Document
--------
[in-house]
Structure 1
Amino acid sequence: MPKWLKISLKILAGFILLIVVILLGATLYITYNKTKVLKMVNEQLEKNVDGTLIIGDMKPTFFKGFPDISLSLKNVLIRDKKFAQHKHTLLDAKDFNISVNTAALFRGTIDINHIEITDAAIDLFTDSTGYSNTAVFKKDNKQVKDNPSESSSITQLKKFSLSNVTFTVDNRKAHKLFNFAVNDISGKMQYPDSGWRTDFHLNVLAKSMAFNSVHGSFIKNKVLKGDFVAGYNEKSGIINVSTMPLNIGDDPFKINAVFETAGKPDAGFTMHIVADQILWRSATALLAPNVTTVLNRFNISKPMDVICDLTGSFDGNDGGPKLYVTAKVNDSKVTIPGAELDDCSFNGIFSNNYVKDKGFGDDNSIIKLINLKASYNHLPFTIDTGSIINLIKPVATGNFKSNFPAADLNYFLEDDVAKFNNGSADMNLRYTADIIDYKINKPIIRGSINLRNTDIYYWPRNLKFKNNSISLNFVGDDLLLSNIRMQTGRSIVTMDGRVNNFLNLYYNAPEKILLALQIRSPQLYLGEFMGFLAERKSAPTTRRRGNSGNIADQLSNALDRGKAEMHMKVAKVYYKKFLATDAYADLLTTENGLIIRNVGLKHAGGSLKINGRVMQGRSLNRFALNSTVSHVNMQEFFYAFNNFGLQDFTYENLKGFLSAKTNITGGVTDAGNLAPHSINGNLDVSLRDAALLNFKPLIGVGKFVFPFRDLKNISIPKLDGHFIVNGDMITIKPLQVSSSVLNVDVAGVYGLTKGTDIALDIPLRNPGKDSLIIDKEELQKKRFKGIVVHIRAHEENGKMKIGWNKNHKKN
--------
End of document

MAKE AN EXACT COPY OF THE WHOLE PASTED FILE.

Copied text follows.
[in-house]
Structure 1
Amino acid sequence: MPKWLKISLKILAGFILLIVVILLGATLYITYNKTKVLKMVNEQLEKNVDGTLIIGDMKPTFFKGFPDISLSLKNVLIRDKKFAQHKHTLLDAKDFNISVNTAALFRGTIDINHIEITDAAIDLFTDSTGYSNTAVFKKDNKQVKDNPSESSSITQLKKFSLSNVTFTVDNRKAHKLFNFAVNDISGKMQYPDSGWRTDFHLNVLAKSMAFNSVHGSFIKNKVLKGDFVAGYNEKSGIINVSTMPLNIGDDPFKINAVFETAGKPDAGFTMHIVADQILWRSATALLAPNVTTVLNRFNISKPMDVICDLTGSFDGNDGGPKLYVTAKVNDSKVTIPGAELDDCSFNGIFSNNYVKDKGFGDDNSIIKLINLKASYNHLPFTIDTGSIINLIKPVATGNFKSNFPAADLNYFLEDDVAKFNNGSADMNLRYTADIIDYKINKPIIRGSINLRNTDIYYWPRNLKFKNNSISLNFVGDDLLLSNIRMQTGRSIVTMDGRVNNFLNLYYNAPEKILLALQIRSPQLYLGEFMGFLAERKSAPTTRRRGNSGNIADQLSNALDRGKAEMHMKVAKVYYKKFLATDAYADLLTTENGLIIRNVGLKHAGGSLKINGRVMQGRSLNRFALNSTVSHVNMQEFFYAFNNFGLQDFTYENLKGFLSAKTNITGGVTDAGNLAPHSINGNLDVSLRDAALLNFKPLIGVGKFVFPFRDLKNISIPKLDGHFIVNGDMITIKPLQVSSSVLNVDVAGVYGLTKGTDIALDIPLRNPGKDSLIIDKEELQKKRFKGIVVHIRAHEENGKMKIGWNKNHKKN